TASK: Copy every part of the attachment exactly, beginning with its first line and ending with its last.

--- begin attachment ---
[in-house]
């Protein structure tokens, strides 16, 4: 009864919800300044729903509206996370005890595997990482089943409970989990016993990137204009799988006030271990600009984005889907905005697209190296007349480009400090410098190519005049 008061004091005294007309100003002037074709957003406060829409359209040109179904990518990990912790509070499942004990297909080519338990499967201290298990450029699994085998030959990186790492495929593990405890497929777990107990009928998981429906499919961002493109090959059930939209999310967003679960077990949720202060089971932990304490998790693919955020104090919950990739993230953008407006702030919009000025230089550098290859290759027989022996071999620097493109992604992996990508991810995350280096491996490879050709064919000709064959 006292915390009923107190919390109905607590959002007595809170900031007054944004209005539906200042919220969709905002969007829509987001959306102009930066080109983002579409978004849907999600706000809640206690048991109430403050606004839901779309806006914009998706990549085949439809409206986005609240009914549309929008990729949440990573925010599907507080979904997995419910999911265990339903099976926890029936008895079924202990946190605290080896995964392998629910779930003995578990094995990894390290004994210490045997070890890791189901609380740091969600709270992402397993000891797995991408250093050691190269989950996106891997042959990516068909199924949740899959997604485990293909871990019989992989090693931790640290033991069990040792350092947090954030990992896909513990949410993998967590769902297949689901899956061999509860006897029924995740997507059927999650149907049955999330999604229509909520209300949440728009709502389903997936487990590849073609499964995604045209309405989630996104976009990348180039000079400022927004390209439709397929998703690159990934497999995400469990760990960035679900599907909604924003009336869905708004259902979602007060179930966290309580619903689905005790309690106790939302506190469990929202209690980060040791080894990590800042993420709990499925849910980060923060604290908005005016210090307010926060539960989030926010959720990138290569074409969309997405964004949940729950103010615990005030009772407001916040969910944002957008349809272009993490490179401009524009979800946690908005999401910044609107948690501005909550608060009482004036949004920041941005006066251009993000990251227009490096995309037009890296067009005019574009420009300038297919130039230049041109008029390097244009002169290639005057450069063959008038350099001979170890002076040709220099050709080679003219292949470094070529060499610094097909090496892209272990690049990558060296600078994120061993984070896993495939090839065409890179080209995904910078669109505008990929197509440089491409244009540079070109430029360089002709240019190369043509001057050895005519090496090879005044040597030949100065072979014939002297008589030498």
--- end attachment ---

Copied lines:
[in-house]
């Protein structure tokens, strides 16, 4: 009864919800300044729903509206996370005890595997990482089943409970989990016993990137204009799988006030271990600009984005889907905005697209190296007349480009400090410098190519005049 008061004091005294007309100003002037074709957003406060829409359209040109179904990518990990912790509070499942004990297909080519338990499967201290298990450029699994085998030959990186790492495929593990405890497929777990107990009928998981429906499919961002493109090959059930939209999310967003679960077990949720202060089971932990304490998790693919955020104090919950990739993230953008407006702030919009000025230089550098290859290759027989022996071999620097493109992604992996990508991810995350280096491996490879050709064919000709064959 006292915390009923107190919390109905607590959002007595809170900031007054944004209005539906200042919220969709905002969007829509987001959306102009930066080109983002579409978004849907999600706000809640206690048991109430403050606004839901779309806006914009998706990549085949439809409206986005609240009914549309929008990729949440990573925010599907507080979904997995419910999911265990339903099976926890029936008895079924202990946190605290080896995964392998629910779930003995578990094995990894390290004994210490045997070890890791189901609380740091969600709270992402397993000891797995991408250093050691190269989950996106891997042959990516068909199924949740899959997604485990293909871990019989992989090693931790640290033991069990040792350092947090954030990992896909513990949410993998967590769902297949689901899956061999509860006897029924995740997507059927999650149907049955999330999604229509909520209300949440728009709502389903997936487990590849073609499964995604045209309405989630996104976009990348180039000079400022927004390209439709397929998703690159990934497999995400469990760990960035679900599907909604924003009336869905708004259902979602007060179930966290309580619903689905005790309690106790939302506190469990929202209690980060040791080894990590800042993420709990499925849910980060923060604290908005005016210090307010926060539960989030926010959720990138290569074409969309997405964004949940729950103010615990005030009772407001916040969910944002957008349809272009993490490179401009524009979800946690908005999401910044609107948690501005909550608060009482004036949004920041941005006066251009993000990251227009490096995309037009890296067009005019574009420009300038297919130039230049041109008029390097244009002169290639005057450069063959008038350099001979170890002076040709220099050709080679003219292949470094070529060499610094097909090496892209272990690049990558060296600078994120061993984070896993495939090839065409890179080209995904910078669109505008990929197509440089491409244009540079070109430029360089002709240019190369043509001057050895005519090496090879005044040597030949100065072979014939002297008589030498």